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Southern Historical Society Papers, Volume 5. (ed. Reverend J. William Jones), A review of the First two days operations at Gettysburg and a reply to General Longstreet by General Fitz. Lee. (search)
t he was the hardest man to move I had in my army. Does this testimony prove that General Lee regretted that he had not adopted another's plan to fight the battle of Gettysburg, or is it not cumulative to all the other well-known facts? Gen. Pleasanton, Meade's cavalry commander, writes a paper for the Philadelphia Times, January. 19th, 1878, in which he tells us what he said to Meade after our repulse on the 3rd, and this is it: I rode up to him, and after congratulating him on the splend general. Order the army to advance while I take the cavalry; get in Lee's rear and we will finish the campaign in a week. A Sandwich Islander, knowing nothing about the war except what he might read in these papers of Generals Longstreet and Pleasanton, but of a humane and benevolent disposition, would inwardly rejoice that they did not command their respective armies lest the historic feat of the Kilkenny Cats should have been eclipsed by not even leaving to the public their two tales. In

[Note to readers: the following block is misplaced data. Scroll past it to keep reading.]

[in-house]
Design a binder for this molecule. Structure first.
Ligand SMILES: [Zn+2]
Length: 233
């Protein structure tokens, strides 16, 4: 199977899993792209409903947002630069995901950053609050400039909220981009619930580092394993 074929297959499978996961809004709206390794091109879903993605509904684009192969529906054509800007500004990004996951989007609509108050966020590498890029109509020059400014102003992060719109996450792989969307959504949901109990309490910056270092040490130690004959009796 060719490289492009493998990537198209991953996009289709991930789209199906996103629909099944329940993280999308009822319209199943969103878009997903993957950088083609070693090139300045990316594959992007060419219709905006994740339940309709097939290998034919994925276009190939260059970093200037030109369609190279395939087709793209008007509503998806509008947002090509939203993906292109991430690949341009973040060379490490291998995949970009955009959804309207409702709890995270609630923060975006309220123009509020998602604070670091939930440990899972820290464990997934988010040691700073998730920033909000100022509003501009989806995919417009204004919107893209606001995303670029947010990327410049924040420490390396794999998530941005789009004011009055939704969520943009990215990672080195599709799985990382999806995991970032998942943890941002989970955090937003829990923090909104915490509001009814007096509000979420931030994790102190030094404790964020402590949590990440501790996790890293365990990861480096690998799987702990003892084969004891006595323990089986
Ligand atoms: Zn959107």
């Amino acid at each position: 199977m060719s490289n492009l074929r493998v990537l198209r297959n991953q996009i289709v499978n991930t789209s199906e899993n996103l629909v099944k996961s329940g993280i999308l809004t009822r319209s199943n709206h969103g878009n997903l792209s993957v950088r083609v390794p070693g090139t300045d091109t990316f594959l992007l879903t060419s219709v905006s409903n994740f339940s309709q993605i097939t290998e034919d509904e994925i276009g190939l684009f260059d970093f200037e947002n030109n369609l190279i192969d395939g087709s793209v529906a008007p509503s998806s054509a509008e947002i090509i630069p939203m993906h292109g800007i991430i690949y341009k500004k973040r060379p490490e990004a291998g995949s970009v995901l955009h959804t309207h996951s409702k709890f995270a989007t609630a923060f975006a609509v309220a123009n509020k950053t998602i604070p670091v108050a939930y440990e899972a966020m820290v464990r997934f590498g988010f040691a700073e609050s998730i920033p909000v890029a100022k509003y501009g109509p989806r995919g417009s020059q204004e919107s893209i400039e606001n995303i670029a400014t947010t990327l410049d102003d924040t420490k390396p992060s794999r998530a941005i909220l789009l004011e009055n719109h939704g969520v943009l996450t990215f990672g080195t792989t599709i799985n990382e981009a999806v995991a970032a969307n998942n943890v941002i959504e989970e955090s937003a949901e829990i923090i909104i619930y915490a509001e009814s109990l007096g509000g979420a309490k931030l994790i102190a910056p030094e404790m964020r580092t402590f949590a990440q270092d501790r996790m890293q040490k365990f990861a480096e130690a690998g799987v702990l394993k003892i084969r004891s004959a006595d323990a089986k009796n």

Southern Historical Society Papers, Volume 5. (ed. Reverend J. William Jones), Reply to General Longstreet's Second paper. (search)
to protect our left flank, which was very much exposed before the arrival of Stuart's cavalry. This has been fully explained heretofore, and the fact shown that these two brigades never constituted any part of our line; so that it was not broken by their being assigned the position they occupied. If General Longstreet found it necessary to take two of his divisions, which were intended to support the attacking column on the 3d, in order to protect his right flank against two brigades of Pleasanton's cavalry, it was certainly not unreasonable to take two brigades to protect a flank that was very much more exposed. This objection is really too insignificant to discuss. In the second article there is this passage: In my first article I declared that the invasion of Pennsylvania was a movement that General Lee and his council agreed should be defensive in tactics, while of course it was offensive in strategy. I have italicized the words his council to fix attention upon th